WASHINGTON: The Pentagon named a Navy cryptologist to a top cyber policy position today. Rear Adm. Sean Filipowski, who’ll get his second star with the new job, is a protégé of former NSA director Gen. Keith Alexander.
Filipowski even served as Alexander’s intelligence chief at US Cyber Command — a position that requires keeping on top of emerging cyber threats worldwide. Filipowski currently works on information dominance (N2/N6) for the Chief of Naval Operations, Adm. Jonathan Greenert, who has elevated the intersection of signals intelligence, cybersecurity, and electronic warfare to a higher priority than any other service chief.
Like Greenert, Filipowski also started his career in submarines — specifically handling “strategic weapons,” i.e. nukes. It’s a notoriously cerebral and demanding job.
“No detail is small enough to be ignored when you deal with nuclear weapons,” one retired admiral told me. Filipowski is “very hands-on…. He hasn’t gotten away from his upbringing as a strat weapons guy.”
“When you look at his background over the last 10 years…he’s been one of the guys who shaped Navy cyber policy,” the admiral continued. “There’s probably not a better qualified guy to do this job.”
This job bears the typically clunky title of senior military advisor for cyber to the Undersecretary of Defense for Policy, Christine Wormuth. It’s potentially the most influential uniformed position working on cyber inside the Pentagon: The Pentagon’s CIO and Deputy CIO for Cybersecurity are civilians, while the four-star chief of NSA and Cyber Command is based at Fort Meade, ruling a vast and shadowy fiefdom but somewhat detached from the daily fray inside the Beltway. Filipowski, by contrast, comes from a job on the Navy’s Pentagon staff that requires constant interaction with the rest of the Defense Department.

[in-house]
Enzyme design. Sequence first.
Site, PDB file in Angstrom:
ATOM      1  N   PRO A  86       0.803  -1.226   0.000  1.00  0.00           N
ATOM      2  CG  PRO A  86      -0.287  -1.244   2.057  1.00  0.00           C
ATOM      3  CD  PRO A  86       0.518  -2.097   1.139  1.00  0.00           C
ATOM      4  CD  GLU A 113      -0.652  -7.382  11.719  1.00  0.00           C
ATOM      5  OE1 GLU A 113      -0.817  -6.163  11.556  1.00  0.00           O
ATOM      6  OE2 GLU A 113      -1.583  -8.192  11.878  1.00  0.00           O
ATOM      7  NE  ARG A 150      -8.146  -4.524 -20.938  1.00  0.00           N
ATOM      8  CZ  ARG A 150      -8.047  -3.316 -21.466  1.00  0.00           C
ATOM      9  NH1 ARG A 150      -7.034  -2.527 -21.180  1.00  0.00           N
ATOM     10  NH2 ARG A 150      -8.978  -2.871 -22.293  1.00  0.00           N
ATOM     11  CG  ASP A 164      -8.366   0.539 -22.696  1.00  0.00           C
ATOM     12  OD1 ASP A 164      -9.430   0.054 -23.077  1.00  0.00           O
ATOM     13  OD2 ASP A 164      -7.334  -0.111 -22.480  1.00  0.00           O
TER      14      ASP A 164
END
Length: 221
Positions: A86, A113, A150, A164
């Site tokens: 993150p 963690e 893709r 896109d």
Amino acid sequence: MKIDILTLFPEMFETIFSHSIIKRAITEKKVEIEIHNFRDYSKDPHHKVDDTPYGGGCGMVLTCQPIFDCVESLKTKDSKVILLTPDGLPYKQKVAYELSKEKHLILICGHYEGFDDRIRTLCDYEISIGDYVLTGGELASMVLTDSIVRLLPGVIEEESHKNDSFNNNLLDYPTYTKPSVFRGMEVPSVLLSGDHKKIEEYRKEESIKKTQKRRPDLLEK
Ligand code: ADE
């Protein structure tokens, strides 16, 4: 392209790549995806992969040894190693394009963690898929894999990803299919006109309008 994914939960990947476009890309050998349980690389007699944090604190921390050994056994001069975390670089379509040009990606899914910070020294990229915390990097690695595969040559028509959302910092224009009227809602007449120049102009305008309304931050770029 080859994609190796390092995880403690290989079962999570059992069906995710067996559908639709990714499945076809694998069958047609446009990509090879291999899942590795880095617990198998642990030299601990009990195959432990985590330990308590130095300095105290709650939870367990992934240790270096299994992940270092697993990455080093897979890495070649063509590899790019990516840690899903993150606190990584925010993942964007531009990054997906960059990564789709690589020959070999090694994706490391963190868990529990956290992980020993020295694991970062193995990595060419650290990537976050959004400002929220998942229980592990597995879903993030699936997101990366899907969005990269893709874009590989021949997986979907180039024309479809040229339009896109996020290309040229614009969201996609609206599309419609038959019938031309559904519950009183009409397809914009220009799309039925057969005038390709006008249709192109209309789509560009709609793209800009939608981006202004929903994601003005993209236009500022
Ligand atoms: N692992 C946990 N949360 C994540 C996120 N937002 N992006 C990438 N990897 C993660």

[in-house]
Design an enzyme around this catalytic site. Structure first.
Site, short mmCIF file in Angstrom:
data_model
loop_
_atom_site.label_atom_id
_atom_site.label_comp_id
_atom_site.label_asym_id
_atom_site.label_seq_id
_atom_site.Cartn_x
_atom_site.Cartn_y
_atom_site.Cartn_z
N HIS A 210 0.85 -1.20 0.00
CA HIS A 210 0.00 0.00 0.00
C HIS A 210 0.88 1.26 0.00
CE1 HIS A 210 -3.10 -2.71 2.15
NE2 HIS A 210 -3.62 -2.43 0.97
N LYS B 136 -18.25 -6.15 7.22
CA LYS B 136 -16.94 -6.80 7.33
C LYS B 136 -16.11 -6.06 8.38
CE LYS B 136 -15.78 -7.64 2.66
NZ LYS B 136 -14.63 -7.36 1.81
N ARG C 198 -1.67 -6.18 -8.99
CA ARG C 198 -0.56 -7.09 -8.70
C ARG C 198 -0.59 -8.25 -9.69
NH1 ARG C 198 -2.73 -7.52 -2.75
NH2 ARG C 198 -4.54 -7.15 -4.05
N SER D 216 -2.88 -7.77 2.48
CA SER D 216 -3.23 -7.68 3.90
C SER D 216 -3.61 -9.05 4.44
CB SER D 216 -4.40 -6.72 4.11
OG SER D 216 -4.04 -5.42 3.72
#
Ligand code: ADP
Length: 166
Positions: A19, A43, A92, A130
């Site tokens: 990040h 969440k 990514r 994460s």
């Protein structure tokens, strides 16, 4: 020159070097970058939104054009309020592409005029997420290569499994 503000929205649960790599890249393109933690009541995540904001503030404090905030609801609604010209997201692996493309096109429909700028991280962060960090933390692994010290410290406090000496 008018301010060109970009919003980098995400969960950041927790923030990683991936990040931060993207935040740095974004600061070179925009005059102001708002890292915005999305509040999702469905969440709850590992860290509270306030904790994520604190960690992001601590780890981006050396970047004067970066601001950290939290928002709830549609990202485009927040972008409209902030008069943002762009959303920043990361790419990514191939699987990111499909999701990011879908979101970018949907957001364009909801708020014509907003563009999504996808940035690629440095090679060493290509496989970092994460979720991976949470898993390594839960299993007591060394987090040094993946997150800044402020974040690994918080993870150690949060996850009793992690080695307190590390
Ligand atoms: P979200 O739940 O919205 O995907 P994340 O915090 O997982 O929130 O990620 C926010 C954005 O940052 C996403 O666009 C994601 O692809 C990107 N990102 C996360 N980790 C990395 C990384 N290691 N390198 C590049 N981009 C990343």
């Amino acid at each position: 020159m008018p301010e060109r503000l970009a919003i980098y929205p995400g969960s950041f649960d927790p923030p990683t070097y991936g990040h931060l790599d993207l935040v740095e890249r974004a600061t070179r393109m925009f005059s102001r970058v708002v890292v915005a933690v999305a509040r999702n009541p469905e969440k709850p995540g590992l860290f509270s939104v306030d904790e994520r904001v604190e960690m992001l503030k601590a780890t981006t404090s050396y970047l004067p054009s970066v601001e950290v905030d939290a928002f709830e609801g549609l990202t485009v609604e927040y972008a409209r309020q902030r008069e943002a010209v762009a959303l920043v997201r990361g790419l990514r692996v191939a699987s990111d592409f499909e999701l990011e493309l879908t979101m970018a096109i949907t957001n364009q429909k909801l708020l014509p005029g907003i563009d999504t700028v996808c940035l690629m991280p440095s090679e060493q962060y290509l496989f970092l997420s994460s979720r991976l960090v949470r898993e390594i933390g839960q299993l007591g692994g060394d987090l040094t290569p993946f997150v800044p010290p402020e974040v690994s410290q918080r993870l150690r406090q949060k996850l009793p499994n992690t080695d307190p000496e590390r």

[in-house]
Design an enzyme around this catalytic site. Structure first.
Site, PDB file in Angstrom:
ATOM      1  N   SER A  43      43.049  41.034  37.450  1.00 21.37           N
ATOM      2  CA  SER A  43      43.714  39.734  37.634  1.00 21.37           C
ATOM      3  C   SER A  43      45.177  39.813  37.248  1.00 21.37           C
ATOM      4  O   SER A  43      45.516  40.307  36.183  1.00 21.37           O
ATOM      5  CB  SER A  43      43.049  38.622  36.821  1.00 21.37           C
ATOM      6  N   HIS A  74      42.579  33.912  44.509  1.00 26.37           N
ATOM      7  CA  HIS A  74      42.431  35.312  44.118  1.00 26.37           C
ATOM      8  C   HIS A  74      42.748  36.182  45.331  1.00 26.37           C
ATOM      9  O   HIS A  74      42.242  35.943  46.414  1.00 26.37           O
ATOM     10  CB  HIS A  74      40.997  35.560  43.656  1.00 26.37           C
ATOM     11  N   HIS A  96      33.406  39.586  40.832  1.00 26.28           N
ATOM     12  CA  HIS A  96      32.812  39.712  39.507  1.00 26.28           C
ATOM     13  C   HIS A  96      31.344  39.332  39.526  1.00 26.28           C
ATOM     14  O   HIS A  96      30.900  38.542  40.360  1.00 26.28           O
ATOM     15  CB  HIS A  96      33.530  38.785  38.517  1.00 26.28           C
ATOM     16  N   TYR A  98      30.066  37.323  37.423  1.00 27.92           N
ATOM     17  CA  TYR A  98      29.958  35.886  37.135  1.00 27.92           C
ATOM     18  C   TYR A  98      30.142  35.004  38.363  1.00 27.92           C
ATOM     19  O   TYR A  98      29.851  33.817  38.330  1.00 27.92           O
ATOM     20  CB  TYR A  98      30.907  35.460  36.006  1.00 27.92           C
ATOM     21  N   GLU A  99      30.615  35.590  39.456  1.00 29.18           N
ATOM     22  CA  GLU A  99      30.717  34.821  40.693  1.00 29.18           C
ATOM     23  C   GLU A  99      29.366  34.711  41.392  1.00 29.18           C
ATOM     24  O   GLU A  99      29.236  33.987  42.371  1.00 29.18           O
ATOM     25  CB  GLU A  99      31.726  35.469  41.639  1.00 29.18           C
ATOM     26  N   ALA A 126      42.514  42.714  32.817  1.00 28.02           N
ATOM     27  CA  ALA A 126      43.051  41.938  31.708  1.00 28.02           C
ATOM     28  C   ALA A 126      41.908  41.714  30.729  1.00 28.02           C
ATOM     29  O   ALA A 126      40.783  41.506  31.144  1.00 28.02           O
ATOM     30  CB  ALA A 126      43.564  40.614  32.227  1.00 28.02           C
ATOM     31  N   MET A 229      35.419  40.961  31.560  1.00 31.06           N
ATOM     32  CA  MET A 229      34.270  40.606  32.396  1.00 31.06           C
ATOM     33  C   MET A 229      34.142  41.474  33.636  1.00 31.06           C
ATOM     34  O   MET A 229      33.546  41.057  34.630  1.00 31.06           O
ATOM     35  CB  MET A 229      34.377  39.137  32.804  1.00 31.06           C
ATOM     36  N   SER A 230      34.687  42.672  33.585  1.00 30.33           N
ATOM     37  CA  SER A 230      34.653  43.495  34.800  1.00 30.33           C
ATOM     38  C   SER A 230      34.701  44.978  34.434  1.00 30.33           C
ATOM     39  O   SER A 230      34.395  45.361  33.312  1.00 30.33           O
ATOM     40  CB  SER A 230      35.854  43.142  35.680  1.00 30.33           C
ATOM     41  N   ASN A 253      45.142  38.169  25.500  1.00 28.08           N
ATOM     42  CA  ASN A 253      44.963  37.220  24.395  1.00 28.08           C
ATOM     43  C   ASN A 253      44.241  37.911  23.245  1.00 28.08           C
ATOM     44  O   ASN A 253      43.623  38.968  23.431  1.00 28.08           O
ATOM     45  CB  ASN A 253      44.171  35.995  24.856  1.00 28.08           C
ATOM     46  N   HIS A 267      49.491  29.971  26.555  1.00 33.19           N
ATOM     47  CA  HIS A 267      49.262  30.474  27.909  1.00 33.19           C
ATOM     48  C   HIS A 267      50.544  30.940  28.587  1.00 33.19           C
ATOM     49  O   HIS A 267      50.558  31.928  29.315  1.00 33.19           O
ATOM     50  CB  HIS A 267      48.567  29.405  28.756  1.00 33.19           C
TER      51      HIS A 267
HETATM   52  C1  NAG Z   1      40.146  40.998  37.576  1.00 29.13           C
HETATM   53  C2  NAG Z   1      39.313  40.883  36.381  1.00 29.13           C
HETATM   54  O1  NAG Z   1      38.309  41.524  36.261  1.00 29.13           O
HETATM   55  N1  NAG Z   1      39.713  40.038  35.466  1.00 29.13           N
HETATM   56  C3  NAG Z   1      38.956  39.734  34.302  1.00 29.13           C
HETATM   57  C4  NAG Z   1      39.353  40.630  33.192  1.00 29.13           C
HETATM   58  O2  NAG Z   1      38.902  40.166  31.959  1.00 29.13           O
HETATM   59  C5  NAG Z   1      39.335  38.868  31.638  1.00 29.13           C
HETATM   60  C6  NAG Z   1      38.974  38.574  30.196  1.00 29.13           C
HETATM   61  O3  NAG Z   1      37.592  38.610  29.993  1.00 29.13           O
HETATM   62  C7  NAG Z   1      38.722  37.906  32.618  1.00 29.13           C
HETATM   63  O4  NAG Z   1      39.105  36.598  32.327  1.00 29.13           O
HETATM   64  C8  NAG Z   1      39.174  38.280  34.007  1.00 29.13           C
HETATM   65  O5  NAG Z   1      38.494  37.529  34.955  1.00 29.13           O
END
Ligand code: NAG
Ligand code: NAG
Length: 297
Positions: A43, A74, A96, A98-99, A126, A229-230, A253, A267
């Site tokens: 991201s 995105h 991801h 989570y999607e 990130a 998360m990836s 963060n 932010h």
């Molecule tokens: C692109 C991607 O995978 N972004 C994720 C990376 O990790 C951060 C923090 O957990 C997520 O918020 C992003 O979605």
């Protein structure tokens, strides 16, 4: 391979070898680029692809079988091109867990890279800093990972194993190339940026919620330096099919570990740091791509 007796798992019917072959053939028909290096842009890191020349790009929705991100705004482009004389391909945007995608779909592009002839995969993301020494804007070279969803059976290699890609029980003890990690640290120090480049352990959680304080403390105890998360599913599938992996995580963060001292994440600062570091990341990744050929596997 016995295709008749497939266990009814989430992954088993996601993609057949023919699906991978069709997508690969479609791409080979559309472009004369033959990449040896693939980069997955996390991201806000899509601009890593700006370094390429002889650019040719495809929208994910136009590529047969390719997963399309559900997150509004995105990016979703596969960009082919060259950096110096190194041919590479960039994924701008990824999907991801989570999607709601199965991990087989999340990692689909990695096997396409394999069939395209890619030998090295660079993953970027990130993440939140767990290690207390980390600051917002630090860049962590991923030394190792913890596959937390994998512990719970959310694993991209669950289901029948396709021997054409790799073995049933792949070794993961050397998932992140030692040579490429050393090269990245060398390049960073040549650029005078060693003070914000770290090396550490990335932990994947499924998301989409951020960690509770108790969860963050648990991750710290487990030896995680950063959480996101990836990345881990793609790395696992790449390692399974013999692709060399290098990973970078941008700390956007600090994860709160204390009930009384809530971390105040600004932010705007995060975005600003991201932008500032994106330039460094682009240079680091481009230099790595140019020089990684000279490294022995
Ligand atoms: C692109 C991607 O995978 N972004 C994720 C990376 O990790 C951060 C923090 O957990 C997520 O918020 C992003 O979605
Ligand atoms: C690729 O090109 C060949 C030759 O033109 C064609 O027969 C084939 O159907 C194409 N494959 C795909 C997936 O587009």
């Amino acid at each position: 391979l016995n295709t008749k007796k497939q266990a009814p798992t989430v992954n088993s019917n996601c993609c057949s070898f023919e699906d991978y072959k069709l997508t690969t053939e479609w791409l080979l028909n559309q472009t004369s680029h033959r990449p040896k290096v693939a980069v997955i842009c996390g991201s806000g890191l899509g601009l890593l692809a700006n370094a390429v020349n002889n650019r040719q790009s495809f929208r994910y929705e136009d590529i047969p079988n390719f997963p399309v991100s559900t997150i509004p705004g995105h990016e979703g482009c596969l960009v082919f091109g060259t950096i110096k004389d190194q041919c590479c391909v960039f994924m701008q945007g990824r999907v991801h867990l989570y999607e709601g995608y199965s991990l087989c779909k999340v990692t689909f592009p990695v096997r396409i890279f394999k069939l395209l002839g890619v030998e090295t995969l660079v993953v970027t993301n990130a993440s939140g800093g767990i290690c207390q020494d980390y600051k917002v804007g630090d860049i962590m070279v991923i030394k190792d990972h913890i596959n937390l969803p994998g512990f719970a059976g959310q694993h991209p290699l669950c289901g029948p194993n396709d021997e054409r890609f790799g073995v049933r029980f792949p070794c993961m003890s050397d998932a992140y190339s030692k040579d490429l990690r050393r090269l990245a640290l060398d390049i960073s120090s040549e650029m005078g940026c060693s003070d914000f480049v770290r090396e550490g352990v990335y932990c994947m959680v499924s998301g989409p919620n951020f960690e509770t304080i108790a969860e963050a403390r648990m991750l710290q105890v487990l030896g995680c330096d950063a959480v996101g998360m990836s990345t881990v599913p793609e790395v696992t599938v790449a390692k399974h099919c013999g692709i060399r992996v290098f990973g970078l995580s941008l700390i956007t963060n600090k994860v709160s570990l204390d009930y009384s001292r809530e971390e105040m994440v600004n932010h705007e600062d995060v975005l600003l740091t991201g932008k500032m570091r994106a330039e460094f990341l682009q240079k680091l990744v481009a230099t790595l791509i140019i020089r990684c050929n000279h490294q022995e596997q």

“He understands how the building works,” said the retired admiral. Serving as director of warfare integration for the Chief of Naval Operations means spending “an awful lot of time in OSD [the Office of the Secretary of Defense] in joint meetings. [You gain] a broad appreciation of the cyber acquisition programs across DoD,” not just in the Navy.
Rear Adm. Filipowski will replace Army Maj. Gen. John Davis, another veteran of Fort Meade and protégé of Gen. Alexander. Davis is well-regarded too, but the Army and Navy tend to take different approaches to cybersecurity. Until recently, the Army treated cyber warfare and electronic warfare — hacking and jamming — as separate areas of expertise, although with a new doctrine and new organization it’s working hard to blend them. The Navy, by contrast, tends to promote its cyber officers from a cryptography or signals background, which means they have hands-on experience of how electronic warfare and wireless networks interact. As the world goes wireless, that’s an increasingly crucial skill.